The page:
The pandemic, climate change, social justice and ending gun violence – kids and teenagers in Louisville have a long list of expectations for the president-elect.
They may be small but they have big voices. Kids and teenagers in Louisville have a long list of expectations for their new president-elect.
Although they couldn’t vote this year and most of them still won’t be able to cast a ballot in the next election, that didn’t stop them from sharing advice for the next commander-in-chief.
And they started early.
Ahead of knowing the winner in the presidential race, they wrote letters to the future leader. They’re student members of Louisville’s nonprofit, Young Authors Greenhouse.
“Dear future president, my name is Pippy, I went to Pre-K and I want everyone to go to Pre-k,” seven-year-old Pippy Raymond wrote.
Another wants more done for our homeless population.
“First make sure that you make plans to create more shelters for the homeless,” 13-year-old Amy Ashby said.
Some of the students had questions about environmental protection.
“If animals go extinct then we won’t have animals and I really like animals.” wrote,” eight-year-old Oliver Glasper wrote.
Others shared concerns about the coronavirus response.
“Whenever I go to the grocery only a fourth of the people have a mask,” 10-year-old Meadow Wallace wrote.
14-year-old Jada Divine, 13-year-old Jailene Kimbrough and nine-year-old Eli Wright highlighted the reckoning on race and the fight for social justice.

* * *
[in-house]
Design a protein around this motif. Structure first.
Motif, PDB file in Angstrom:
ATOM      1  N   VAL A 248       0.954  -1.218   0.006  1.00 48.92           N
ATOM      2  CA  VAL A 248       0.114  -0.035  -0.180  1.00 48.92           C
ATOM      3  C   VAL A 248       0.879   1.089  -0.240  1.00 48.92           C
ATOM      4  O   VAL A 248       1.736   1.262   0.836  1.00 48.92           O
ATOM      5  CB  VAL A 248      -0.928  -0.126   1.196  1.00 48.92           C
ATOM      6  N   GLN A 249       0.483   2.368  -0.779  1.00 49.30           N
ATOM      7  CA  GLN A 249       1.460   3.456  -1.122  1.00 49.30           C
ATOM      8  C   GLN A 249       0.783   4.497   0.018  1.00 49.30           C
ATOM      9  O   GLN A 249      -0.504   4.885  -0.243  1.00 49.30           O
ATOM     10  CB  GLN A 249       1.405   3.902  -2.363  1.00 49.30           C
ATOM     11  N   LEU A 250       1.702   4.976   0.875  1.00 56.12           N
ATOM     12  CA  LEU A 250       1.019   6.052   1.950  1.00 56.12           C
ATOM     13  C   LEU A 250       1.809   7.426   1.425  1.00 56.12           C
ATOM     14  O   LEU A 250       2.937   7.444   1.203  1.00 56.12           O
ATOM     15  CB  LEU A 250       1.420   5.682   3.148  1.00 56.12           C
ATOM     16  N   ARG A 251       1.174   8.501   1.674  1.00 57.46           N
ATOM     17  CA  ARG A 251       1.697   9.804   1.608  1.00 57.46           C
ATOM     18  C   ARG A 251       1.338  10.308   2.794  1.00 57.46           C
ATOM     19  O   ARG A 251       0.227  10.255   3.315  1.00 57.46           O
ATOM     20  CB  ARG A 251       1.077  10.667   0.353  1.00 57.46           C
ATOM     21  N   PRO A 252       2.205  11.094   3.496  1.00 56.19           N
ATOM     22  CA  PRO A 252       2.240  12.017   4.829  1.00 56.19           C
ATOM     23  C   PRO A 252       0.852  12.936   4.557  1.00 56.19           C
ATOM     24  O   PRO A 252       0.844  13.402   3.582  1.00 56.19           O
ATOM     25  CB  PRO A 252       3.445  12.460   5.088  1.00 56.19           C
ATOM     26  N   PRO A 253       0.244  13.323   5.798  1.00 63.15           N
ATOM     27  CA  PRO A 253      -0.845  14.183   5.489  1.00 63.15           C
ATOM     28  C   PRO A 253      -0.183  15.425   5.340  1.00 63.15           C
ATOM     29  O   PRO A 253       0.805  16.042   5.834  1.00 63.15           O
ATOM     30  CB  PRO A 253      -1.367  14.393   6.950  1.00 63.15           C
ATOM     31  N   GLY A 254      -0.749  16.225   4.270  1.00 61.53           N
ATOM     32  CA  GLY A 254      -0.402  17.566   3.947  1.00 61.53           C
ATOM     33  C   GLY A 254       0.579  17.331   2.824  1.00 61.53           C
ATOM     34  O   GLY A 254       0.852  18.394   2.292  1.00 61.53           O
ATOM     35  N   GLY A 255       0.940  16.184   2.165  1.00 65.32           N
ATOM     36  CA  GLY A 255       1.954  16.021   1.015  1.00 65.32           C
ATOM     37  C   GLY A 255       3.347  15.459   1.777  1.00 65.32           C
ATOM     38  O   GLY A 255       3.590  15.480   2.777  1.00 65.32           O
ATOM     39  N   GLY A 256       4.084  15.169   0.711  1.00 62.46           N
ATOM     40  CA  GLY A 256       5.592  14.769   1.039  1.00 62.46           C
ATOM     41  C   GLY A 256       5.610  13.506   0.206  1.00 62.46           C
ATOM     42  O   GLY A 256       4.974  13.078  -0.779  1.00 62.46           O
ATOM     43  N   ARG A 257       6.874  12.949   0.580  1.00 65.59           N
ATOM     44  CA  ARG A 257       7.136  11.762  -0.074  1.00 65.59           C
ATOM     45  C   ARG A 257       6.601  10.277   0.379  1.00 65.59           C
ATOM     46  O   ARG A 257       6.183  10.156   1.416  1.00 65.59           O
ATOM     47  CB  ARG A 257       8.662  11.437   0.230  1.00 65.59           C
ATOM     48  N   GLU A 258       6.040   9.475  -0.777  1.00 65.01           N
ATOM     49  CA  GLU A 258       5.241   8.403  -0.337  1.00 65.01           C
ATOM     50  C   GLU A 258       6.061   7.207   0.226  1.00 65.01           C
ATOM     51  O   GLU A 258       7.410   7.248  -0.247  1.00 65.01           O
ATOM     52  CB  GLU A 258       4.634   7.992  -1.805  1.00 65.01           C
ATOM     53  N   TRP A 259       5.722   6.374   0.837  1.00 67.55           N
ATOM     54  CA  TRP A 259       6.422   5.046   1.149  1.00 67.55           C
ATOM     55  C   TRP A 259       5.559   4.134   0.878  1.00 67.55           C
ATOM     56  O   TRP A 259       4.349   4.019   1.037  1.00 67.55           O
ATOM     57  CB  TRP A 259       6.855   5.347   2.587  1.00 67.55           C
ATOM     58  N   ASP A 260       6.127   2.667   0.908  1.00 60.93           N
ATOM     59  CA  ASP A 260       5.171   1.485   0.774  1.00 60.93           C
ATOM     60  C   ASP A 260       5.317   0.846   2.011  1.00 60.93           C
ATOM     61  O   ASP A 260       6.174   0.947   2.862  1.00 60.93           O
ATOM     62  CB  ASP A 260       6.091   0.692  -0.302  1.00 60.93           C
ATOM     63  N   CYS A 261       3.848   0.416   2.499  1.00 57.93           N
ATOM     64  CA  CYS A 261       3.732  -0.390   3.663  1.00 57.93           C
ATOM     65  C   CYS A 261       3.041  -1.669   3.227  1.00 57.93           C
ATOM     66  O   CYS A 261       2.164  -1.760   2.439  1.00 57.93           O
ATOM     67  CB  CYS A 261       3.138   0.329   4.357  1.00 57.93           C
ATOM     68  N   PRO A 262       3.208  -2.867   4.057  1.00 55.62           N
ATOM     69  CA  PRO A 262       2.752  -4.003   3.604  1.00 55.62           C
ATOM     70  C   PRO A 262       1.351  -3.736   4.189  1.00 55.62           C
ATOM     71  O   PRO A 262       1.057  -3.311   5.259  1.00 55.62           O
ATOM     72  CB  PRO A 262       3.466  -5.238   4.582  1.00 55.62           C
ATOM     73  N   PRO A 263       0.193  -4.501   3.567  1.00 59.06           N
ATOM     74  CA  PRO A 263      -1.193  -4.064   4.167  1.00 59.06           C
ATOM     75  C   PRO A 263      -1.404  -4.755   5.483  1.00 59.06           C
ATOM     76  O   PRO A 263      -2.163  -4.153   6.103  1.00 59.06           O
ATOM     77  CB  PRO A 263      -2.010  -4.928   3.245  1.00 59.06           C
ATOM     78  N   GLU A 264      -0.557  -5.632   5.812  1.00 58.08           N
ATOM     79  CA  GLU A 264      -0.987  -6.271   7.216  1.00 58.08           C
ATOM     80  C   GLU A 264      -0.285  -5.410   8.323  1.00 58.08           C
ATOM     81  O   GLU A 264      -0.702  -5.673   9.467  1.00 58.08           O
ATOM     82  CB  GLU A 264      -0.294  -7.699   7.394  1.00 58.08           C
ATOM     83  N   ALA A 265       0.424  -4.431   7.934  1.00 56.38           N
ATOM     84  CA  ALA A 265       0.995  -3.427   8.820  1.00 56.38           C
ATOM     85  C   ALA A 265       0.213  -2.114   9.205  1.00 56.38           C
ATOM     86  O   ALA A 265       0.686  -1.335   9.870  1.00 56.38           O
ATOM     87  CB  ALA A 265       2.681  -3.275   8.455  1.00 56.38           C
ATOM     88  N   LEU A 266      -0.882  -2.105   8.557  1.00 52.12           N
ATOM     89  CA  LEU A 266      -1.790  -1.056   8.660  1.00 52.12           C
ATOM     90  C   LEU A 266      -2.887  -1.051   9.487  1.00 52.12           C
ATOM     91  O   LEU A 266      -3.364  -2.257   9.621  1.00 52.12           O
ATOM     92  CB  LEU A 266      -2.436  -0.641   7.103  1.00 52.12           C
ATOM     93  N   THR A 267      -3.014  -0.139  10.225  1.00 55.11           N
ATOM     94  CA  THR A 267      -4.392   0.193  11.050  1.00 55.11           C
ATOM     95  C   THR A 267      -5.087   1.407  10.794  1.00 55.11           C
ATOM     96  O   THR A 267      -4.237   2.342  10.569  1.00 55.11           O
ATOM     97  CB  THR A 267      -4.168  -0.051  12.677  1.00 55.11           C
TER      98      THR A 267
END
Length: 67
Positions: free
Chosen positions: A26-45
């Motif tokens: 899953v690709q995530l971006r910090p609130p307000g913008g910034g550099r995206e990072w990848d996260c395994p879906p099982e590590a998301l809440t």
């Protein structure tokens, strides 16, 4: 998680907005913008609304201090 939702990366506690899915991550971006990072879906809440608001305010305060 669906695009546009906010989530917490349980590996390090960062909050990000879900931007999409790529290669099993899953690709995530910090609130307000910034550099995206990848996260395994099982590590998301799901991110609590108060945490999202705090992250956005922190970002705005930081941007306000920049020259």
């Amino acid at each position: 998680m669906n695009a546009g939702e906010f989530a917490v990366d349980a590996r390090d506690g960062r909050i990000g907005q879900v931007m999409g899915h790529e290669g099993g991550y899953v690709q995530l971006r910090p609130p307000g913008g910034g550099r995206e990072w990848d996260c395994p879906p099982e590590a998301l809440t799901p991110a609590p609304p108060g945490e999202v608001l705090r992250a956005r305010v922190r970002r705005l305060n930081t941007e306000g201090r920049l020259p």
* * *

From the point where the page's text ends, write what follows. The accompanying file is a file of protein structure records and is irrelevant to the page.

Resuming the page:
“You need to stop this brutality upon my people, we are tired of our friends and family dying.” Divine wrote.
“We need more respectful judges and better police, how do you plan on making these changes?” Kimbrough wrote.
“Help the Breonna Taylors of the world,” Wright wrote.
Divine also wrote about Louisville’s gun violence.
“I’m 14 and I want to know how are you going to make our country safer?” she wrote.
Along with change and accountability, the kids are hoping the new man in charge will help pave a path that creates a brighter future for them.
“And when we have our children, and our children’s children they’re going to have to deal with what we did,” 13-year-old Serenity Berry said.
“People would love to love you as our president so try to make it easy on us,” 13-year-old Sophia Ovechkin said.
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